In his essay, “Food and Ag Science Will Shape Our Future,” outgoing United States Secretary of Agriculture (USDA), Thomas J. Vilsack highlights the hundreds of ways food and agriculture science has improved the quality of
Don Cameron, general manager at Terranova Ranch, isn’t afraid to take new measures that will allow him to make better use of the farmland and resources. California continues to face the repercussions of a drought
By Nancy Kavazanjian, United Soybean Board director, Wisconsin farmer, October 3, 2016 Ever hear of soy butter? I found it on a restaurant menu recently and curiously asked our waitress about it. She did an
Steve Siverling plants corn, soybeans and a few small grains on 350 acres in northern Wisconsin. Some might call him a corn farmer or a soybean grower, but Steve considers himself a soil farmer, more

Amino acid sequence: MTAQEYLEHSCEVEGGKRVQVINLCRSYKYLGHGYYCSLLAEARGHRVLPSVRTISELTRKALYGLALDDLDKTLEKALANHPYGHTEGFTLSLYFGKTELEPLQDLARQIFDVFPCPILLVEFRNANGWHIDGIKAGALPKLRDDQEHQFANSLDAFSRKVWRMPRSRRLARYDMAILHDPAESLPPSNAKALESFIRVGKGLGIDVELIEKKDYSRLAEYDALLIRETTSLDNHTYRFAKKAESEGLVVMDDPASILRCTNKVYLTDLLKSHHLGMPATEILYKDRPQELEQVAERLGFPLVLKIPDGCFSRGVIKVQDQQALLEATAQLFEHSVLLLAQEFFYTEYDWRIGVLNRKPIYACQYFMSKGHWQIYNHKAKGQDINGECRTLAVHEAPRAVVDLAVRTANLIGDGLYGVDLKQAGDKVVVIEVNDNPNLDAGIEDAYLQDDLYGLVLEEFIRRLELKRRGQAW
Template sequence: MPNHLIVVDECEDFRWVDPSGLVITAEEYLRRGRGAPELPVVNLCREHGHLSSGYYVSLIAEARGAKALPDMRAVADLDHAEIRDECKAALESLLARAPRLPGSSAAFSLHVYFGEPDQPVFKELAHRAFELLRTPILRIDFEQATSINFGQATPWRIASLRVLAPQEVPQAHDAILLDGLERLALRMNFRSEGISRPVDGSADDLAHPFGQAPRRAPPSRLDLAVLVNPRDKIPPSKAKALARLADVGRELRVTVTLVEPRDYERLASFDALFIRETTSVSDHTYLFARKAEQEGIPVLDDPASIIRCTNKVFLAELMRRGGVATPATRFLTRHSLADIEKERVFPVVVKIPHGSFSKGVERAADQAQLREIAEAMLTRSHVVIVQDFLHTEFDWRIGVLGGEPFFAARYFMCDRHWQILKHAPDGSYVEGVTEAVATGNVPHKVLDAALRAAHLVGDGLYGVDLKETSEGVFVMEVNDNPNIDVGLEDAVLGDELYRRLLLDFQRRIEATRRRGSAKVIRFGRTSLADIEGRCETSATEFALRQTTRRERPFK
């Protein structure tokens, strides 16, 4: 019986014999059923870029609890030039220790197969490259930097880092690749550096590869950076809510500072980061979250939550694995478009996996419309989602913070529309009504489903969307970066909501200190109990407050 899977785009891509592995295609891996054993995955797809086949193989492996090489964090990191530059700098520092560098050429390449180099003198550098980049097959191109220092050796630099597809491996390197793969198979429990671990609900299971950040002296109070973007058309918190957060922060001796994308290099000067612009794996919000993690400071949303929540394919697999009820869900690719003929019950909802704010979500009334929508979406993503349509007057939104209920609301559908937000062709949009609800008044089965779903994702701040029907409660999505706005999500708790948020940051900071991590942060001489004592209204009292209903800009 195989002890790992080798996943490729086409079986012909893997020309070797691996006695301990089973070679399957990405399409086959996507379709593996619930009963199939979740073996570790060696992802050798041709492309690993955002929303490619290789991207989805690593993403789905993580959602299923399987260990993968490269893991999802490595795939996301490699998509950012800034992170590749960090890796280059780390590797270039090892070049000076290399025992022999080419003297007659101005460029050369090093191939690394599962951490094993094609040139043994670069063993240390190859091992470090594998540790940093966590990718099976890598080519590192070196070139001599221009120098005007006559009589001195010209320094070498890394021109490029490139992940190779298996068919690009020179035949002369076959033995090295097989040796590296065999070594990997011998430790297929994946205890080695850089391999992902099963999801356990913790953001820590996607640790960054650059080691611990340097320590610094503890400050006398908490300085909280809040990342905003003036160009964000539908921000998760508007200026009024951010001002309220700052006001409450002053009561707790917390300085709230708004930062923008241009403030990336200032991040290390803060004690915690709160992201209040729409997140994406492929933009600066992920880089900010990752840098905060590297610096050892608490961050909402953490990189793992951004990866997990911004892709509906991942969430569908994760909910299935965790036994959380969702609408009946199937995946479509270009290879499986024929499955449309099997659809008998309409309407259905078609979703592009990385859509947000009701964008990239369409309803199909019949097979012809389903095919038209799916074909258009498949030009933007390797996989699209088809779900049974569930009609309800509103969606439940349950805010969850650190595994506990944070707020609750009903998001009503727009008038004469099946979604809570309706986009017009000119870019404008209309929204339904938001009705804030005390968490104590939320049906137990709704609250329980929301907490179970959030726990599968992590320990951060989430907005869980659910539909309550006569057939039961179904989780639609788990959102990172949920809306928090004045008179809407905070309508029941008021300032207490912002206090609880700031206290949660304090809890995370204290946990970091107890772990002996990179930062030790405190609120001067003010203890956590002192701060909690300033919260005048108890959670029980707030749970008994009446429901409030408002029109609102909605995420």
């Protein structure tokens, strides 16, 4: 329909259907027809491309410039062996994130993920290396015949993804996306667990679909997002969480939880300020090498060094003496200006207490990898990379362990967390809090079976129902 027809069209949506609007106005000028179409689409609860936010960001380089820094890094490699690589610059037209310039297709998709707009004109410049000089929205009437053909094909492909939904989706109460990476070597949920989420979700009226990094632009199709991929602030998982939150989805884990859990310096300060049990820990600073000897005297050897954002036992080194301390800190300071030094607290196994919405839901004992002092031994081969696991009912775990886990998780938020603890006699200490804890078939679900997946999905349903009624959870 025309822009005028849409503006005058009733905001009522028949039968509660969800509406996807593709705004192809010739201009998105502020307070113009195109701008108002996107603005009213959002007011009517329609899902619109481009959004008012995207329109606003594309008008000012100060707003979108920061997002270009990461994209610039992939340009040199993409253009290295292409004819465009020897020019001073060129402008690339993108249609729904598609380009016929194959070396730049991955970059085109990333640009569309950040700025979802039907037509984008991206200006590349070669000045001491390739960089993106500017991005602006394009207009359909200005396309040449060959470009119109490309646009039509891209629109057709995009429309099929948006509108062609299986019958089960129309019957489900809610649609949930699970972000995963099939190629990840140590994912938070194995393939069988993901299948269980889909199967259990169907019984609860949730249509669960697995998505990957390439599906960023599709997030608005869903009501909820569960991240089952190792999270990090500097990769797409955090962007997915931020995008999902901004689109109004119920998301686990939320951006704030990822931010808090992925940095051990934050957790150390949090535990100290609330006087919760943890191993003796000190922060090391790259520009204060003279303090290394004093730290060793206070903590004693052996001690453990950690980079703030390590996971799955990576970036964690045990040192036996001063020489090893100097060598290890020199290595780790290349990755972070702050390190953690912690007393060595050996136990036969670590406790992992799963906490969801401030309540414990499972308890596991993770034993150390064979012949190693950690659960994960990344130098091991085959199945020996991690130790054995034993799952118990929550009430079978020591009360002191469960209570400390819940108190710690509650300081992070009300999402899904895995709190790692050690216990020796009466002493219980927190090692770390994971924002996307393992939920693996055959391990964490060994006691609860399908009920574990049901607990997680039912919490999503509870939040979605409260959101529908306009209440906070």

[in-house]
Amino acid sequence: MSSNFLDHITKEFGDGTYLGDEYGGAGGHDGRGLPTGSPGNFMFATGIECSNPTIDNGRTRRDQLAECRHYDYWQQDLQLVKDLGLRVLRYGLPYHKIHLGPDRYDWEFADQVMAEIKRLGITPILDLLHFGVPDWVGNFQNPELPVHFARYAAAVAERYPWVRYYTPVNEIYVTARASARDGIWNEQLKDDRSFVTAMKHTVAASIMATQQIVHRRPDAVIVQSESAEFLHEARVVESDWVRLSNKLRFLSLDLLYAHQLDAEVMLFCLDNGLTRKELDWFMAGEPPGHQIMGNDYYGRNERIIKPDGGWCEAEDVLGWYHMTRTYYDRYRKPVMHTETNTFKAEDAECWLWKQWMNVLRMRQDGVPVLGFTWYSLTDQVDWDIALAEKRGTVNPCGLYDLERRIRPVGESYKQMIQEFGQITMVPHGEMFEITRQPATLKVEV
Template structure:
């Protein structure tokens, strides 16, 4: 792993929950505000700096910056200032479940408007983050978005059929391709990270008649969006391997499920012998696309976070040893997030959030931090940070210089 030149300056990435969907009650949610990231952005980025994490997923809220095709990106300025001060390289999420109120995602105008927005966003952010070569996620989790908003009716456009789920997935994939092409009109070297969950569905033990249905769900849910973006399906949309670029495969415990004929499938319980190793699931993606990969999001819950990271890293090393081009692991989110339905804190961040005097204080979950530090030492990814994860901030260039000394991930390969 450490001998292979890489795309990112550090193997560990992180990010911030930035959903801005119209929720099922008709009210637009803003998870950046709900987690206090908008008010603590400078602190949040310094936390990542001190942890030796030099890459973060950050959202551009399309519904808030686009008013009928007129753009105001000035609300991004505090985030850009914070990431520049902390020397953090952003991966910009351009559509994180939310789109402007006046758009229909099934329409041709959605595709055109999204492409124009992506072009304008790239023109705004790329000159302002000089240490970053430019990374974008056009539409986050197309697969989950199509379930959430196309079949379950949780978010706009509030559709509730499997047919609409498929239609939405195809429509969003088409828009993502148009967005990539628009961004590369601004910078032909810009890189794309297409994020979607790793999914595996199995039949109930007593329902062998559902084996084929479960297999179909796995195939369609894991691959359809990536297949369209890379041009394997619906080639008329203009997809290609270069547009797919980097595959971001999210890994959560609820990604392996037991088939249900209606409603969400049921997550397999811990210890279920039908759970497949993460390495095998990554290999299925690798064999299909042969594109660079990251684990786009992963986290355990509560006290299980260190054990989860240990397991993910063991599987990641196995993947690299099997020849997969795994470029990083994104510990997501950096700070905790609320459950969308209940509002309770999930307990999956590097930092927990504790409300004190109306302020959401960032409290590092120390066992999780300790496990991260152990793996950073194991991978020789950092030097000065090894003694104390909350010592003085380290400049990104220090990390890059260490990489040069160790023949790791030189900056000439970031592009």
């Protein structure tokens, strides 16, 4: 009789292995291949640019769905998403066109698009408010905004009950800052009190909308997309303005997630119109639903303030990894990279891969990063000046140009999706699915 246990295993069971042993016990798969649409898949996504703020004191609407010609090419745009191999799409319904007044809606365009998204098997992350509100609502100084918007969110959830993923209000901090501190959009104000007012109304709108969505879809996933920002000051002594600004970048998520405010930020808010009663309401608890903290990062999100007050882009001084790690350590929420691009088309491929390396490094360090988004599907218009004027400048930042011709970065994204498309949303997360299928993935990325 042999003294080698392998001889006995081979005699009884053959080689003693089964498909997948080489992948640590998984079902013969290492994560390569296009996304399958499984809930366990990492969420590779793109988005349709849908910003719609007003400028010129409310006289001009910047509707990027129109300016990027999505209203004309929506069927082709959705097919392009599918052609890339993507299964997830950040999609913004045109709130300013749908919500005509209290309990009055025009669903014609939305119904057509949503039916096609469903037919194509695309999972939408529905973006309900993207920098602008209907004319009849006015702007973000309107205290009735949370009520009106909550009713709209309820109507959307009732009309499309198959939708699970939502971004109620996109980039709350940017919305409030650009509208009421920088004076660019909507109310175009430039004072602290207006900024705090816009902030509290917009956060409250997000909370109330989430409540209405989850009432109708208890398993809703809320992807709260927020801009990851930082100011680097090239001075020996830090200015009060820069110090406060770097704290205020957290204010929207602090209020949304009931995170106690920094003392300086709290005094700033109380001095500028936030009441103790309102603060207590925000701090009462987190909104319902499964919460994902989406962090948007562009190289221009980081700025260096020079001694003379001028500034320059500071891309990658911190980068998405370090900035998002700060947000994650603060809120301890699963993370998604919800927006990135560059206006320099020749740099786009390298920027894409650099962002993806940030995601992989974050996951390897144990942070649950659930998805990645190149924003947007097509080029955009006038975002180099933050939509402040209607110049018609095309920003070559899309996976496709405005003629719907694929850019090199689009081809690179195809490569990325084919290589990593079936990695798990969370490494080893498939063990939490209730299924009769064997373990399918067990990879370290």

The U.S. National Park Service turns 100 years old on August 25, 2016. The centennial will kick off a second century of stewardship of America’s national parks and engaging communities through recreation, conservation, and historic preservation programs.
The U.S. Department of Agriculture (USDA) is contacting 25,000 farmers and ranchers to take part in a national survey that will more accurately measure the environmental benefits associated with conservation practices on agricultural land.
Andrea and Cliff Sensenig run Sensenig Dairy, a 100-cow farm in Kirkwood, Pennsylvania. As part of their commitment to sustainability, they installed an anaerobic digester to covert manure into power, reducing greenhouse gas emissions equal to removing 206 cars from the road.
Jeff Rutledge is a third generation Arkansas rice farmer. Working today in fields first cleared by his grandfather, Rutledge’s ties to the land started when he was a little boy, just old enough to pull weeds.
New Mexico farmer Jim Chandler is a third generation peanut producer in Portales. His family has grown a variety of crops over the years, but peanuts have been a regular part of their farm since 1965.